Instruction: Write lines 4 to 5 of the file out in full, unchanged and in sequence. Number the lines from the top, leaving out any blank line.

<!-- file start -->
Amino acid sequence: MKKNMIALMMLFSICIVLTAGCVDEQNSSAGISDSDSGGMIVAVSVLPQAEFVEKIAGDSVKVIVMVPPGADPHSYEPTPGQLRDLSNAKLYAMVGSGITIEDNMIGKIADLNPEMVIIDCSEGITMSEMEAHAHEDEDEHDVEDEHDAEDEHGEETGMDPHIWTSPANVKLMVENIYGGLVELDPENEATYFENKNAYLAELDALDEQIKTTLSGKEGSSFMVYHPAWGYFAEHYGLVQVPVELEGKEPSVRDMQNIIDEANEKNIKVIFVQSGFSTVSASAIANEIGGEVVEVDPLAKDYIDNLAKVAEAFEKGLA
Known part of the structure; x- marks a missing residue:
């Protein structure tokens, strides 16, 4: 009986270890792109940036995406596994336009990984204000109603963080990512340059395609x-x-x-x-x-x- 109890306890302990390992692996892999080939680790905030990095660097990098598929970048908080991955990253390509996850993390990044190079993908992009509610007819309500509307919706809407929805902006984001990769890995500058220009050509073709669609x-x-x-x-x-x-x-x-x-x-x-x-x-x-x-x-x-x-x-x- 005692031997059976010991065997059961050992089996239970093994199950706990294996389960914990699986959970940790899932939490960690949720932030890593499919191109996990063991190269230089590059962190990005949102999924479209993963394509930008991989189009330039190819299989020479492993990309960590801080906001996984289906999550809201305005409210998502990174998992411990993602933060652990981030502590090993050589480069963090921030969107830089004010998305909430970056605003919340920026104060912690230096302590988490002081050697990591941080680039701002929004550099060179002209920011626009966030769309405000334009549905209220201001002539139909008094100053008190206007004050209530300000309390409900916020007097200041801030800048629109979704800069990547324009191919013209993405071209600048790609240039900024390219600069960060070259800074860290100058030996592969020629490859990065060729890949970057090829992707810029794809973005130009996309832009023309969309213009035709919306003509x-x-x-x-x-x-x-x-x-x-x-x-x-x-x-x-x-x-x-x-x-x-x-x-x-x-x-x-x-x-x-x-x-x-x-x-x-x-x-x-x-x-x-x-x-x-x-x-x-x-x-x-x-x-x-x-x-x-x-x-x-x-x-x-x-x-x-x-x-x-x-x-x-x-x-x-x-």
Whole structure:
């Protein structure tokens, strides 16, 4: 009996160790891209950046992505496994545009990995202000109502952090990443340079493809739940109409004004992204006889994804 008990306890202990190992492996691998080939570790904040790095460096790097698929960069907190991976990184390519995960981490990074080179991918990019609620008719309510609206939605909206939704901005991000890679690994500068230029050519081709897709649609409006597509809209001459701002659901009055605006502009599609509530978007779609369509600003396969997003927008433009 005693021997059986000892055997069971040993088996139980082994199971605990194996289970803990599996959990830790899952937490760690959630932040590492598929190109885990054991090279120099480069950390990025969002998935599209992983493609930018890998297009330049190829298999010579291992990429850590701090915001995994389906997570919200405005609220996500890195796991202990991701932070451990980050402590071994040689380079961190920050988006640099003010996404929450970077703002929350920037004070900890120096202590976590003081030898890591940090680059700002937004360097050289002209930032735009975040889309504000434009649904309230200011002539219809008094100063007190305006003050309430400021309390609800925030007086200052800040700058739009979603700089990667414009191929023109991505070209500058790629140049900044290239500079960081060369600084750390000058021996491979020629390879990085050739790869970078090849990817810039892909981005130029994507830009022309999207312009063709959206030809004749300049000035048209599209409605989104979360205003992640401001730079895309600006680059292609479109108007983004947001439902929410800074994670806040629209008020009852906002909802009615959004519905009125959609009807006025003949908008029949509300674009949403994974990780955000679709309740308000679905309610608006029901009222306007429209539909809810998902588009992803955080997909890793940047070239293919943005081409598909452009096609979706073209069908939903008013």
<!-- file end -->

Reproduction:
Whole structure:
């Protein structure tokens, strides 16, 4: 009996160790891209950046992505496994545009990995202000109502952090990443340079493809739940109409004004992204006889994804 008990306890202990190992492996691998080939570790904040790095460096790097698929960069907190991976990184390519995960981490990074080179991918990019609620008719309510609206939605909206939704901005991000890679690994500068230029050519081709897709649609409006597509809209001459701002659901009055605006502009599609509530978007779609369509600003396969997003927008433009 005693021997059986000892055997069971040993088996139980082994199971605990194996289970803990599996959990830790899952937490760690959630932040590492598929190109885990054991090279120099480069950390990025969002998935599209992983493609930018890998297009330049190829298999010579291992990429850590701090915001995994389906997570919200405005609220996500890195796991202990991701932070451990980050402590071994040689380079961190920050988006640099003010996404929450970077703002929350920037004070900890120096202590976590003081030898890591940090680059700002937004360097050289002209930032735009975040889309504000434009649904309230200011002539219809008094100063007190305006003050309430400021309390609800925030007086200052800040700058739009979603700089990667414009191929023109991505070209500058790629140049900044290239500079960081060369600084750390000058021996491979020629390879990085050739790869970078090849990817810039892909981005130029994507830009022309999207312009063709959206030809004749300049000035048209599209409605989104979360205003992640401001730079895309600006680059292609479109108007983004947001439902929410800074994670806040629209008020009852906002909802009615959004519905009125959609009807006025003949908008029949509300674009949403994974990780955000679709309740308000679905309610608006029901009222306007429209539909809810998902588009992803955080997909890793940047070239293919943005081409598909452009096609979706073209069908939903008013």